Category Archives: Uncategorized

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Superintendent Balow Releases Smart Start Guidance for Fall School Reopenings

CHEYENNE – State Superintendent of Public Instruction Jillian Balow released the Smart Start guidance document Wednesday at a joint press conference with Wyoming Governor Mark Gordon. The guidance provides requirements, recommendations, and considerations based on three tiers of possible reopening and operating scenarios schools may face this fall.

“Our efforts to adapt to the COVID-19 environment have been immense over the last three months,” Superintendent Balow said. “Today, as we look to open schools in the fall, I am confident that we will be successful and also transform our school system for the better.”

Each school district will be required to submit their Smart Start plan to the Wyoming Department of Education (WDE) by August 3, 2020. These plans must include how they will meet the requirements for all three tiers of operation in four focus areas: communications, safety and wellness, school operations, and instruction and technology. This preparation will allow districts to continue safely and effectively operating schools no matter which tier of operation they are in based on state or local health orders.

The Smart Start Working Group was created by the Governor’s COVID-19 Education Task Force to develop guidance to assist school and district leaders in their efforts to reopen schools for the 2020-21 school year. The group consists of school district leaders and educators, health professionals, representatives from the Governor’s Office, and technology partners. The Working Group is co-chaired by Wanda Maloney, Wyoming Department of Education Accountability Director and Stephanie Pyle, Senior Administrator of the Public Health Division with the Wyoming Department of Health.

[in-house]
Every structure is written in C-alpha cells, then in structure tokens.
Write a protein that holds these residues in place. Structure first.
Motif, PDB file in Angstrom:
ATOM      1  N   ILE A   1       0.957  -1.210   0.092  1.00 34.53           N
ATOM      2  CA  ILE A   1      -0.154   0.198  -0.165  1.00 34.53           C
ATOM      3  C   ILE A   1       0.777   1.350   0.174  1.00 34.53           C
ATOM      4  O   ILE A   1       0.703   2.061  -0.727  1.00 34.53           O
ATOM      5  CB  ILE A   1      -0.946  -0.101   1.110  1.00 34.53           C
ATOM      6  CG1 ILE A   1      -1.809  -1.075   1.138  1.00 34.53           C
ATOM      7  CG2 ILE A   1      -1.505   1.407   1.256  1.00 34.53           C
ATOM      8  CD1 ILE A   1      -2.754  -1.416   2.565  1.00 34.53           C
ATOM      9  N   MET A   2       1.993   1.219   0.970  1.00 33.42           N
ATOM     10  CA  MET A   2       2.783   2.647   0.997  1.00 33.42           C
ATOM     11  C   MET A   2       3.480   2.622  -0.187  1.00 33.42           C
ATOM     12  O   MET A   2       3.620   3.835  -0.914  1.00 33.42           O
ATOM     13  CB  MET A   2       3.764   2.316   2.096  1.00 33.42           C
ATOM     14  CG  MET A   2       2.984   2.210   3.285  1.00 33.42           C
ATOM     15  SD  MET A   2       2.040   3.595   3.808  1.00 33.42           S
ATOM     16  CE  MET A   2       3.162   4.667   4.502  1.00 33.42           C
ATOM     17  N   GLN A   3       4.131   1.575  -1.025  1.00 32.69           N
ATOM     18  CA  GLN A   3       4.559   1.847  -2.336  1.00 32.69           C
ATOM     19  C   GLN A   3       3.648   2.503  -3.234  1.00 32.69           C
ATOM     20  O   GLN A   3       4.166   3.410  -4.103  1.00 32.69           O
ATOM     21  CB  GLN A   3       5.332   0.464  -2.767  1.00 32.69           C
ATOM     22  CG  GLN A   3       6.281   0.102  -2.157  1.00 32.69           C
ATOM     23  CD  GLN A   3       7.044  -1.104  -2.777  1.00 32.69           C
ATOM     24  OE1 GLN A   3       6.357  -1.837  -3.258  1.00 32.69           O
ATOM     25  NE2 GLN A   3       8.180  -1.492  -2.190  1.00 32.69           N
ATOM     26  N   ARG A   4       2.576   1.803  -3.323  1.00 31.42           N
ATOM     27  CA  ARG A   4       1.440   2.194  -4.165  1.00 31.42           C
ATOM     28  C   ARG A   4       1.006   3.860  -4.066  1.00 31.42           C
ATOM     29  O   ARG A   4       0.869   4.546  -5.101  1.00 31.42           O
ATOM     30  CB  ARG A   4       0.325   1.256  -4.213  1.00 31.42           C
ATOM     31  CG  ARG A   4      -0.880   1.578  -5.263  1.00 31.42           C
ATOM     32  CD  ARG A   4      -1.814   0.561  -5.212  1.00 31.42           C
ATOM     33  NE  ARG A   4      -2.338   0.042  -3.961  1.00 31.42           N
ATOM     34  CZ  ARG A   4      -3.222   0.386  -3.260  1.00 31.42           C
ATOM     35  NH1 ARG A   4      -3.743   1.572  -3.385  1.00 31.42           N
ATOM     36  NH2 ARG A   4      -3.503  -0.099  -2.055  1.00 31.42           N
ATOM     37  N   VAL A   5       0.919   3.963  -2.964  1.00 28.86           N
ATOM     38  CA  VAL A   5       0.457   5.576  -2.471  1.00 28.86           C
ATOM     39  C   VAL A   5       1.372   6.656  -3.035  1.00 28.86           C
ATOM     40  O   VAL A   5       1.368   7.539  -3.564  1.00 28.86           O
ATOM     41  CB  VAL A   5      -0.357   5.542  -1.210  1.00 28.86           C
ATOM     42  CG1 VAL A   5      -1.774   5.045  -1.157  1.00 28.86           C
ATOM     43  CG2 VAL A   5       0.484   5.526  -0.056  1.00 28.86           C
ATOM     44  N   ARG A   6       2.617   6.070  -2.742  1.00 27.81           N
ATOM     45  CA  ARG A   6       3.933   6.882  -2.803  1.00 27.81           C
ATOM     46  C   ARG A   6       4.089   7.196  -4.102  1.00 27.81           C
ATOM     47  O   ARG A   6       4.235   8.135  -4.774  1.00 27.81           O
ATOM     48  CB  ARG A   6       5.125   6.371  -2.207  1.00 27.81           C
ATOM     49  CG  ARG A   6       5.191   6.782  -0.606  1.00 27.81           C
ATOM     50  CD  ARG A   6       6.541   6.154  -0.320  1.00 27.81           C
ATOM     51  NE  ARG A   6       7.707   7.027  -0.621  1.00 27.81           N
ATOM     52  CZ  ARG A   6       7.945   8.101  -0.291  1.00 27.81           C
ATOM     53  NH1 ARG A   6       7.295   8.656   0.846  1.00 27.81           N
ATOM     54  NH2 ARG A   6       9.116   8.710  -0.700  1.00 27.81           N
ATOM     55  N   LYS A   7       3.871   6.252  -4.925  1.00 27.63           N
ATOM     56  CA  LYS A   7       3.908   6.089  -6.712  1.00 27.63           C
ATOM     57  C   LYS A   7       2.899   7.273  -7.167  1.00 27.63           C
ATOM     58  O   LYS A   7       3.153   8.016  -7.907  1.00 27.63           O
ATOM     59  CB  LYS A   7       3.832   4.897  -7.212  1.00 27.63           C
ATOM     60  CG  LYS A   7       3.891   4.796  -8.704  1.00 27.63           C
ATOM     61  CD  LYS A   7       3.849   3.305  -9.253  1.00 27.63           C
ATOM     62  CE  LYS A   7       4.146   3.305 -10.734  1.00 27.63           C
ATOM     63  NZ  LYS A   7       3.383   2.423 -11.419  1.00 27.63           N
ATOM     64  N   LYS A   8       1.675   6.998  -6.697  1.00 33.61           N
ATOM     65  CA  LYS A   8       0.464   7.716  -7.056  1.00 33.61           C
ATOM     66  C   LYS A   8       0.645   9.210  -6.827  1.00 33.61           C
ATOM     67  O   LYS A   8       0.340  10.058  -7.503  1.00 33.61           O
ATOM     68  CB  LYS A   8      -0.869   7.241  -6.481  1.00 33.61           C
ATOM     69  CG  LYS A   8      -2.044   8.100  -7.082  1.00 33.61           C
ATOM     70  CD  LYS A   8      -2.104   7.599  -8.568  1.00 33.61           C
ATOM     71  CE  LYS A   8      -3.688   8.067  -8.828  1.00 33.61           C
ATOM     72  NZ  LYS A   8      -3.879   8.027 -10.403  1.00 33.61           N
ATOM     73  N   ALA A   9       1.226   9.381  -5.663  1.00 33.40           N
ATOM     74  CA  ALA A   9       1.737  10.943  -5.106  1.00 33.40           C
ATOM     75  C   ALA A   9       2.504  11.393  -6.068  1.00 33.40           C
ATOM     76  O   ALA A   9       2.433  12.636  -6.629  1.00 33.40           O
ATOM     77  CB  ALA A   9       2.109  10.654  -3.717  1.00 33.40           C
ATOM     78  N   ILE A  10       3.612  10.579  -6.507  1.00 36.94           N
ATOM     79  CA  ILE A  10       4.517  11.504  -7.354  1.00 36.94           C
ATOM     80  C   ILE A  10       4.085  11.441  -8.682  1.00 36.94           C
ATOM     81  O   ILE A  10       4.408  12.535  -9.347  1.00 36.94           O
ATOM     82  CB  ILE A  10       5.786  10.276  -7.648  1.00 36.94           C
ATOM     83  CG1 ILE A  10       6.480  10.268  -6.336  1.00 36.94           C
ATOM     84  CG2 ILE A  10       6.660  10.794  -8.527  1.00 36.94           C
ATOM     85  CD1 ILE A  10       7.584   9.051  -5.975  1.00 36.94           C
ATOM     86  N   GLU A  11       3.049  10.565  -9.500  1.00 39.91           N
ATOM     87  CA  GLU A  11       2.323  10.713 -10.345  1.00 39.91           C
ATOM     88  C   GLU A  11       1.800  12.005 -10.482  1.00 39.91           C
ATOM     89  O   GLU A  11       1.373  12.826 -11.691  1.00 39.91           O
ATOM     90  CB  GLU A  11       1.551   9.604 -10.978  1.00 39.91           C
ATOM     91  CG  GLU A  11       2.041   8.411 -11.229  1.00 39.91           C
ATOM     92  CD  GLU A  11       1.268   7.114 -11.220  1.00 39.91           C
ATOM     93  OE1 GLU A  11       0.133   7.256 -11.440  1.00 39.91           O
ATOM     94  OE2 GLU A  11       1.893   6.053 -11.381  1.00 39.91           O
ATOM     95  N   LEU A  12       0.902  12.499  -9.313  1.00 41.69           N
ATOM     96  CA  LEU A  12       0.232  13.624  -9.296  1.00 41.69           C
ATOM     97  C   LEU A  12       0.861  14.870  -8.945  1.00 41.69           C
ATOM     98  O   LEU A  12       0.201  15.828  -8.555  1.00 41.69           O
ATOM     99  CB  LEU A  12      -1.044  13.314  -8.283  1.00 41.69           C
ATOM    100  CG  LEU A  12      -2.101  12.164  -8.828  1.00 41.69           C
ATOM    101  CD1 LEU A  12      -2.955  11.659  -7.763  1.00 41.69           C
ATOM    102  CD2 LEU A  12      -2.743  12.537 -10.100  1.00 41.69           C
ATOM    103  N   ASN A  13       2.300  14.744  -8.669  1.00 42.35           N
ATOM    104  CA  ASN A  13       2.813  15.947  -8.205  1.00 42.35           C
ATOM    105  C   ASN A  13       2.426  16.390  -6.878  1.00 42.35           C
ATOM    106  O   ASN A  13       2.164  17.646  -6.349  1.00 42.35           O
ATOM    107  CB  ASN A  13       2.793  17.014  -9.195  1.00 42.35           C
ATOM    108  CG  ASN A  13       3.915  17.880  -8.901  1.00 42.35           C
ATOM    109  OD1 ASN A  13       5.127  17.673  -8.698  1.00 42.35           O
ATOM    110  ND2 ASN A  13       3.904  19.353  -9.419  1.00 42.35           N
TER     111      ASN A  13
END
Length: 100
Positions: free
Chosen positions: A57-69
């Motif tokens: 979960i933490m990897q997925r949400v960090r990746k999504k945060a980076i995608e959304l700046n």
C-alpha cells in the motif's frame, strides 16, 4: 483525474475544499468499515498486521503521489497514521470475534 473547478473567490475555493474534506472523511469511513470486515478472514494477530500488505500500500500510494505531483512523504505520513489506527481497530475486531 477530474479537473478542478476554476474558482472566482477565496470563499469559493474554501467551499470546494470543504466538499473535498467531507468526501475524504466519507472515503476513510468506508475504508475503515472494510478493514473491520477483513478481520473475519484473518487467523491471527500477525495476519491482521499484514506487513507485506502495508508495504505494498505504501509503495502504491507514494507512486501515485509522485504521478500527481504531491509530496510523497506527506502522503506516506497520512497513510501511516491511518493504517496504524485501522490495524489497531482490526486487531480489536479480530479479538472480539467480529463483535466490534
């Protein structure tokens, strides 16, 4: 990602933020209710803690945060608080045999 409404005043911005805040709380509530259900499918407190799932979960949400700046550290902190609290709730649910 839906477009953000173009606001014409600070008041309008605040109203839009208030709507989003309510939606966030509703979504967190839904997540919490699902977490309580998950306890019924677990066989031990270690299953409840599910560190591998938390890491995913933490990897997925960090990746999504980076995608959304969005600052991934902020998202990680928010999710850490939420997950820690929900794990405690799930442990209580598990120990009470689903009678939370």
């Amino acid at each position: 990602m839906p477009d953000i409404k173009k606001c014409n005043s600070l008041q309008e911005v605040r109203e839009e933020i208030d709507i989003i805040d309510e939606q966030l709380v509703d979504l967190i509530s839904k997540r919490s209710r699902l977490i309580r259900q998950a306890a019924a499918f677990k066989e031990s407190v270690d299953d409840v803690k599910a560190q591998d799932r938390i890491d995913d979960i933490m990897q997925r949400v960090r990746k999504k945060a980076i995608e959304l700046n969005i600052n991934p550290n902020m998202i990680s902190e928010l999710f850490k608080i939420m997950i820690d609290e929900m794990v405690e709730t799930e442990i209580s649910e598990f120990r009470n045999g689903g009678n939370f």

“Now more than ever, school districts have the opportunity to strengthen community relationships by crafting reopening plans that include frequent two-way communication. Effective communication plans will be the cornerstone for successfully reopening school buildings and delivering a quality education to all students under any circumstances.” said Communications Subcommittee Chair Lachelle Brant.

“Beginning in March, health and education had to come together in ways no one could have imagined just a few weeks prior,” said Safety and Wellness Subcommittee Chairperson Janet Farmer. “Through the Safety and Wellness subcommittee, we have worked to make sure the school environment will be a healthy place.”

The guidance document will help school districts define a foundation and framework to move forward with an eye toward adaptability.